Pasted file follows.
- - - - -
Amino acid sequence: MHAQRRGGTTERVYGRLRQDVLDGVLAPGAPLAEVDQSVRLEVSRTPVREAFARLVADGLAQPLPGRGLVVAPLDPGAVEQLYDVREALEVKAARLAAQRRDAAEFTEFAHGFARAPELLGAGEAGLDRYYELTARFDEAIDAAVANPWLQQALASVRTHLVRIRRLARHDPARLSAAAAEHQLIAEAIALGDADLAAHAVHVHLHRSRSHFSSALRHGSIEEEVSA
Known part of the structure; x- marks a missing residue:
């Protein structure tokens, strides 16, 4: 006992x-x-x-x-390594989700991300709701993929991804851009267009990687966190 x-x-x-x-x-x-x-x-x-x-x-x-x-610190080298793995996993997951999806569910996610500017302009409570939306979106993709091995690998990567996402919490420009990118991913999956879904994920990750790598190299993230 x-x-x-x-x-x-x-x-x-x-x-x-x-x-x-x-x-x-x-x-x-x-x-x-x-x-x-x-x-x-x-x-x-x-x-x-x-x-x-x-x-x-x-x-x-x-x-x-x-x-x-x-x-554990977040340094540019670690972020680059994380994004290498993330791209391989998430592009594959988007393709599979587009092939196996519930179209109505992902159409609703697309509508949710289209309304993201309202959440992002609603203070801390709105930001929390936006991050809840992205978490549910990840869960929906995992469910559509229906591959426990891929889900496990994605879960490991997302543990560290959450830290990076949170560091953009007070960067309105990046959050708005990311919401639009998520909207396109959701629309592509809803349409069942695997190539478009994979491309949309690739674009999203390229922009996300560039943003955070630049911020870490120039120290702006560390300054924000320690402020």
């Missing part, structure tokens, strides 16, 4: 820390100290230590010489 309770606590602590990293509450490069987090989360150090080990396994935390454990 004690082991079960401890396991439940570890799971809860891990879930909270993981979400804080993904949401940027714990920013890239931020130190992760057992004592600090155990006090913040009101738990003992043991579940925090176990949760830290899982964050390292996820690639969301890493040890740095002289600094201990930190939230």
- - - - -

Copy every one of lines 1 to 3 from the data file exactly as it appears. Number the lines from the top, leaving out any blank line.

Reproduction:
Amino acid sequence: MHAQRRGGTTERVYGRLRQDVLDGVLAPGAPLAEVDQSVRLEVSRTPVREAFARLVADGLAQPLPGRGLVVAPLDPGAVEQLYDVREALEVKAARLAAQRRDAAEFTEFAHGFARAPELLGAGEAGLDRYYELTARFDEAIDAAVANPWLQQALASVRTHLVRIRRLARHDPARLSAAAAEHQLIAEAIALGDADLAAHAVHVHLHRSRSHFSSALRHGSIEEEVSA
Known part of the structure; x- marks a missing residue:
């Protein structure tokens, strides 16, 4: 006992x-x-x-x-390594989700991300709701993929991804851009267009990687966190 x-x-x-x-x-x-x-x-x-x-x-x-x-610190080298793995996993997951999806569910996610500017302009409570939306979106993709091995690998990567996402919490420009990118991913999956879904994920990750790598190299993230 x-x-x-x-x-x-x-x-x-x-x-x-x-x-x-x-x-x-x-x-x-x-x-x-x-x-x-x-x-x-x-x-x-x-x-x-x-x-x-x-x-x-x-x-x-x-x-x-x-x-x-x-x-554990977040340094540019670690972020680059994380994004290498993330791209391989998430592009594959988007393709599979587009092939196996519930179209109505992902159409609703697309509508949710289209309304993201309202959440992002609603203070801390709105930001929390936006991050809840992205978490549910990840869960929906995992469910559509229906591959426990891929889900496990994605879960490991997302543990560290959450830290990076949170560091953009007070960067309105990046959050708005990311919401639009998520909207396109959701629309592509809803349409069942695997190539478009994979491309949309690739674009999203390229922009996300560039943003955070630049911020870490120039120290702006560390300054924000320690402020």